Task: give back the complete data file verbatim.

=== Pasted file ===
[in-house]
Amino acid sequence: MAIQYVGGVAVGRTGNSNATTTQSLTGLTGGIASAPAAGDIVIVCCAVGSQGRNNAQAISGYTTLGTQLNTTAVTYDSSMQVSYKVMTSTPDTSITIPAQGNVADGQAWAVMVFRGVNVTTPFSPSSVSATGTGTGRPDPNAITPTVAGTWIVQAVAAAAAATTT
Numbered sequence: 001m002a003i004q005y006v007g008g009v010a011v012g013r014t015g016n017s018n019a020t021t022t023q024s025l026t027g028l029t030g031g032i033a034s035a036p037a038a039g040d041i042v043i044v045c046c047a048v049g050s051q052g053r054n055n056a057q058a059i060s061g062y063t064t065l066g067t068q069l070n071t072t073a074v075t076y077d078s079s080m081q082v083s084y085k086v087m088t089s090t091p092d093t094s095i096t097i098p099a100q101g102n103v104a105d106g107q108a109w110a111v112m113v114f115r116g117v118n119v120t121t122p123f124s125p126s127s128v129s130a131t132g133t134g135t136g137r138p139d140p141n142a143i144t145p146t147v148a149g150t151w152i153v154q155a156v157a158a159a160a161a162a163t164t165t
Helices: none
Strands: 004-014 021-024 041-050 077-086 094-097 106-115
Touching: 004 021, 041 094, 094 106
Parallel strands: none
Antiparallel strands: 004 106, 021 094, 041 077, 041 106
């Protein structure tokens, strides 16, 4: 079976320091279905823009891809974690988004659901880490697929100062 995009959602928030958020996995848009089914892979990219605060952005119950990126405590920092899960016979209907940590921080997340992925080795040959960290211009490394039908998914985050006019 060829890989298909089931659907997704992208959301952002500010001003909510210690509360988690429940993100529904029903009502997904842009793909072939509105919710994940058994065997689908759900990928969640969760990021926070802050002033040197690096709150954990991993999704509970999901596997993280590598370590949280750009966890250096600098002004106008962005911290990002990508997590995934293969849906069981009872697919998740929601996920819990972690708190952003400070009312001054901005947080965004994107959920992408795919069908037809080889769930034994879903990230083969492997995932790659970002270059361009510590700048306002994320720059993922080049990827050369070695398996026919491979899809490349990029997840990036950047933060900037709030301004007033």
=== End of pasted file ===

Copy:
[in-house]
Amino acid sequence: MAIQYVGGVAVGRTGNSNATTTQSLTGLTGGIASAPAAGDIVIVCCAVGSQGRNNAQAISGYTTLGTQLNTTAVTYDSSMQVSYKVMTSTPDTSITIPAQGNVADGQAWAVMVFRGVNVTTPFSPSSVSATGTGTGRPDPNAITPTVAGTWIVQAVAAAAAATTT
Numbered sequence: 001m002a003i004q005y006v007g008g009v010a011v012g013r014t015g016n017s018n019a020t021t022t023q024s025l026t027g028l029t030g031g032i033a034s035a036p037a038a039g040d041i042v043i044v045c046c047a048v049g050s051q052g053r054n055n056a057q058a059i060s061g062y063t064t065l066g067t068q069l070n071t072t073a074v075t076y077d078s079s080m081q082v083s084y085k086v087m088t089s090t091p092d093t094s095i096t097i098p099a100q101g102n103v104a105d106g107q108a109w110a111v112m113v114f115r116g117v118n119v120t121t122p123f124s125p126s127s128v129s130a131t132g133t134g135t136g137r138p139d140p141n142a143i144t145p146t147v148a149g150t151w152i153v154q155a156v157a158a159a160a161a162a163t164t165t
Helices: none
Strands: 004-014 021-024 041-050 077-086 094-097 106-115
Touching: 004 021, 041 094, 094 106
Parallel strands: none
Antiparallel strands: 004 106, 021 094, 041 077, 041 106
């Protein structure tokens, strides 16, 4: 079976320091279905823009891809974690988004659901880490697929100062 995009959602928030958020996995848009089914892979990219605060952005119950990126405590920092899960016979209907940590921080997340992925080795040959960290211009490394039908998914985050006019 060829890989298909089931659907997704992208959301952002500010001003909510210690509360988690429940993100529904029903009502997904842009793909072939509105919710994940058994065997689908759900990928969640969760990021926070802050002033040197690096709150954990991993999704509970999901596997993280590598370590949280750009966890250096600098002004106008962005911290990002990508997590995934293969849906069981009872697919998740929601996920819990972690708190952003400070009312001054901005947080965004994107959920992408795919069908037809080889769930034994879903990230083969492997995932790659970002270059361009510590700048306002994320720059993922080049990827050369070695398996026919491979899809490349990029997840990036950047933060900037709030301004007033």